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Volkswagen engineer pleads guilty

diesel engine by VW
AP

The Volkswagen engineer has plead guilty the involvement of the German carmaker’s diesel emissions scandal.

James Liang pleaded guilty to a violation of the clean air act, a wire fraud count, and a consumer fraud count. He is the first person who is charged as part of the US Justice Department’s criminal investigation into the Volkswagen’s rigging federal air-pollution tests.

The German automobile company earlier agreed to spend up to $16bn to address environmental, state and claims by vehicle owners.

Mr. Liang, a German national worked in VW’s diesel development department in Germany from 1983 to May 2008, before moving to the US. He has been part of a team of engineers based in Michigan that conducted emissions tests on the diesel engine which at the center of the scam.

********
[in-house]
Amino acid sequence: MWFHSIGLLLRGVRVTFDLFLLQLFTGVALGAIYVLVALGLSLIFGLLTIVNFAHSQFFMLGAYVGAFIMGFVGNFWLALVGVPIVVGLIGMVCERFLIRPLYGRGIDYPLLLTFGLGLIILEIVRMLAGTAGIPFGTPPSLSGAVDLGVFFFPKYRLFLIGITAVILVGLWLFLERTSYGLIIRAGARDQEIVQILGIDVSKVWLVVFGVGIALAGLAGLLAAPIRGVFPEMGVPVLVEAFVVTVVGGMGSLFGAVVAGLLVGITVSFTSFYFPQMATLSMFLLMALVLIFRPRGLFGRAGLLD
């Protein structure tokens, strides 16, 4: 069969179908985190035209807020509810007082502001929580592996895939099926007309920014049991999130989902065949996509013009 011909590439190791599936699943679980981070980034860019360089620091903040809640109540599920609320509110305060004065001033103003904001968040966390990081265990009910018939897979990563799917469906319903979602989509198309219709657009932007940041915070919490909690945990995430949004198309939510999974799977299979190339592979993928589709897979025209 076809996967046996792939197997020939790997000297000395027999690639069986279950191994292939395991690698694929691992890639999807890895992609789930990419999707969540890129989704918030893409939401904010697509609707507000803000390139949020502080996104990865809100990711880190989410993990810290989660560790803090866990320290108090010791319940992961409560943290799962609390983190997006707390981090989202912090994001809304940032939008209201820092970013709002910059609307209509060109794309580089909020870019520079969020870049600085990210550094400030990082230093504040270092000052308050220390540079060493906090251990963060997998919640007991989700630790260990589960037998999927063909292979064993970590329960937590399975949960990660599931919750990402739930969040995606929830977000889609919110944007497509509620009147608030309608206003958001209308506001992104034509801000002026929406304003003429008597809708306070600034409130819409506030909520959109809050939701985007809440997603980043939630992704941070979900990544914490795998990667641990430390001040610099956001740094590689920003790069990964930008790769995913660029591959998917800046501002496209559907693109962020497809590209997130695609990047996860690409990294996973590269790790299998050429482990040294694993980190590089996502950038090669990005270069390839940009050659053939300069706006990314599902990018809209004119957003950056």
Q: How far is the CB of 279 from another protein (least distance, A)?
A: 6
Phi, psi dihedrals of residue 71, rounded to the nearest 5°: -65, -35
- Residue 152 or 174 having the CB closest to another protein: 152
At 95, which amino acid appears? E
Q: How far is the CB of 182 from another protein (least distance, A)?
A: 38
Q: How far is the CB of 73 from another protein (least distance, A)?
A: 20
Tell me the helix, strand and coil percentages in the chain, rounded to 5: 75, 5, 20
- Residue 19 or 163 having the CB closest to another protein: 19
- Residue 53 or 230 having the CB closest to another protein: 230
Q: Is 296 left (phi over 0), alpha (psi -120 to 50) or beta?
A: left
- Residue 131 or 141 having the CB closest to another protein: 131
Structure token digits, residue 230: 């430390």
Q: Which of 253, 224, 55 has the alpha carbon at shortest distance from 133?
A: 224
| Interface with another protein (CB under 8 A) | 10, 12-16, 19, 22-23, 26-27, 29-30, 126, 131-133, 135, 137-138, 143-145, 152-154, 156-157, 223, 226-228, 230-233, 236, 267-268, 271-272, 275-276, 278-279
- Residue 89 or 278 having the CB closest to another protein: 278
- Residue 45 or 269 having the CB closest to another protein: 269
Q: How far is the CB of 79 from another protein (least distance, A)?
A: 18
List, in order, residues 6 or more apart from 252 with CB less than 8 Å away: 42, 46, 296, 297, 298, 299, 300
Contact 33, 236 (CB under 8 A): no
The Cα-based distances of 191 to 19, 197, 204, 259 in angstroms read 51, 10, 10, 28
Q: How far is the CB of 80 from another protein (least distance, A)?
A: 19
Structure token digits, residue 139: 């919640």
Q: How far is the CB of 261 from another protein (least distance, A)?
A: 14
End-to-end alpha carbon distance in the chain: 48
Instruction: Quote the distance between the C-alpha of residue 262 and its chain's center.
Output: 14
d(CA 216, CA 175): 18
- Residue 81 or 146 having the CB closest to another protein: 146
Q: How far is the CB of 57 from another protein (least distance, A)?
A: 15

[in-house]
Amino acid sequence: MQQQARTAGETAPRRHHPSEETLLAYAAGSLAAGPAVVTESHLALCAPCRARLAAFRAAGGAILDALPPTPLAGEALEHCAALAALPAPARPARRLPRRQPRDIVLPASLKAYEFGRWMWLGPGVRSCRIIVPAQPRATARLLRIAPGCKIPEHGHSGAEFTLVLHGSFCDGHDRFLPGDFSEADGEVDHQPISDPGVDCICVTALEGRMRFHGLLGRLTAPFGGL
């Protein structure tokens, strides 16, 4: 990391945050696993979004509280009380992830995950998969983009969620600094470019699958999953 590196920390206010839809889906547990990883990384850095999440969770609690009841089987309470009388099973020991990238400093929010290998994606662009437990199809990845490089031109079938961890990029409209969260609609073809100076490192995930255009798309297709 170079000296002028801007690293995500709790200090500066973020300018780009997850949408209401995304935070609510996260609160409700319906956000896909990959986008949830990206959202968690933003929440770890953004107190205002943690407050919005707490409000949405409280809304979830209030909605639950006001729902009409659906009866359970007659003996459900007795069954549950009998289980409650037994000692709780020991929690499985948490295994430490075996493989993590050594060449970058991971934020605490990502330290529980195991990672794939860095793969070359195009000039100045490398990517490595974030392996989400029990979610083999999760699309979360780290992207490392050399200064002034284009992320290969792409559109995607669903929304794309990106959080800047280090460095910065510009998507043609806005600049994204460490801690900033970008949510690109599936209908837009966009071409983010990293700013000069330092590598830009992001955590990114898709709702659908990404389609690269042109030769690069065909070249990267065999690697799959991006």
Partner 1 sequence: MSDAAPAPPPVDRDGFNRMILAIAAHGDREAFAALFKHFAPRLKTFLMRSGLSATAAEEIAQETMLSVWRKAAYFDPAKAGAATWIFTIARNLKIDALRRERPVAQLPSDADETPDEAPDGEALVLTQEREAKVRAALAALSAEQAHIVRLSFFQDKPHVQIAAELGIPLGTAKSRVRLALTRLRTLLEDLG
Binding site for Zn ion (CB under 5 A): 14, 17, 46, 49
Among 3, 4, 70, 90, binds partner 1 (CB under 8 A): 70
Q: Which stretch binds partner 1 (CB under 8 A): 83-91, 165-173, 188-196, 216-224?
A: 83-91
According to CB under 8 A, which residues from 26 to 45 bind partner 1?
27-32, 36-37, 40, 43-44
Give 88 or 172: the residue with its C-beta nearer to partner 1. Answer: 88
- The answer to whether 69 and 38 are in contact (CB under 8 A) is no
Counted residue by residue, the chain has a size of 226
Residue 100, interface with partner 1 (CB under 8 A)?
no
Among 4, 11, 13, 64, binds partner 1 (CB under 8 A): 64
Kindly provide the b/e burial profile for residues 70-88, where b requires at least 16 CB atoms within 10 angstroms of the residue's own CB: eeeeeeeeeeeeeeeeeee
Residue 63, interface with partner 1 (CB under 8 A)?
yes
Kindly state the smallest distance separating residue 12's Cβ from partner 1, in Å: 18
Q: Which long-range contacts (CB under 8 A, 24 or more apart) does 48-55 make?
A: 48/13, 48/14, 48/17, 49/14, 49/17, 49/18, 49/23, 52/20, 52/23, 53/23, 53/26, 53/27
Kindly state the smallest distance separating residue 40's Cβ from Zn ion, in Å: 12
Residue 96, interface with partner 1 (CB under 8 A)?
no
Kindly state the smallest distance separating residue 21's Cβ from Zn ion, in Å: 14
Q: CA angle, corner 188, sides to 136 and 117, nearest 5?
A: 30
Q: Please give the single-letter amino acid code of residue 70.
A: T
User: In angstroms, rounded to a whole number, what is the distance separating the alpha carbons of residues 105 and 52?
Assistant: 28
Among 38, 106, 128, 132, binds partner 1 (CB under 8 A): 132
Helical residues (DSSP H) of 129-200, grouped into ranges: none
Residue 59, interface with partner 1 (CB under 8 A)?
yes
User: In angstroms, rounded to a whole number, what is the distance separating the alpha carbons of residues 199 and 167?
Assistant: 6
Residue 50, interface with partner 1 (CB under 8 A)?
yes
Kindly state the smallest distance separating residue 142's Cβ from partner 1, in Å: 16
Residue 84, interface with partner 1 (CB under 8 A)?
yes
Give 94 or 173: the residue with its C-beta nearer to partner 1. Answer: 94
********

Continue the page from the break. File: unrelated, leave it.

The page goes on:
He was facing five years in prison, however, by cooperating with the US federal government, he should be able to reduce his jail time. His trial is scheduled to start in January 2017.

The diesel emission scam came to light after an investigation found that many Volkswagen cars were sold in America, loaded software which could detect when they were being tested.

The so-called “defeat device” changes the performance of the engines accordingly to improve results.

The German car giant to its credit has admitted cheating emissions tests in the US after they got caught.

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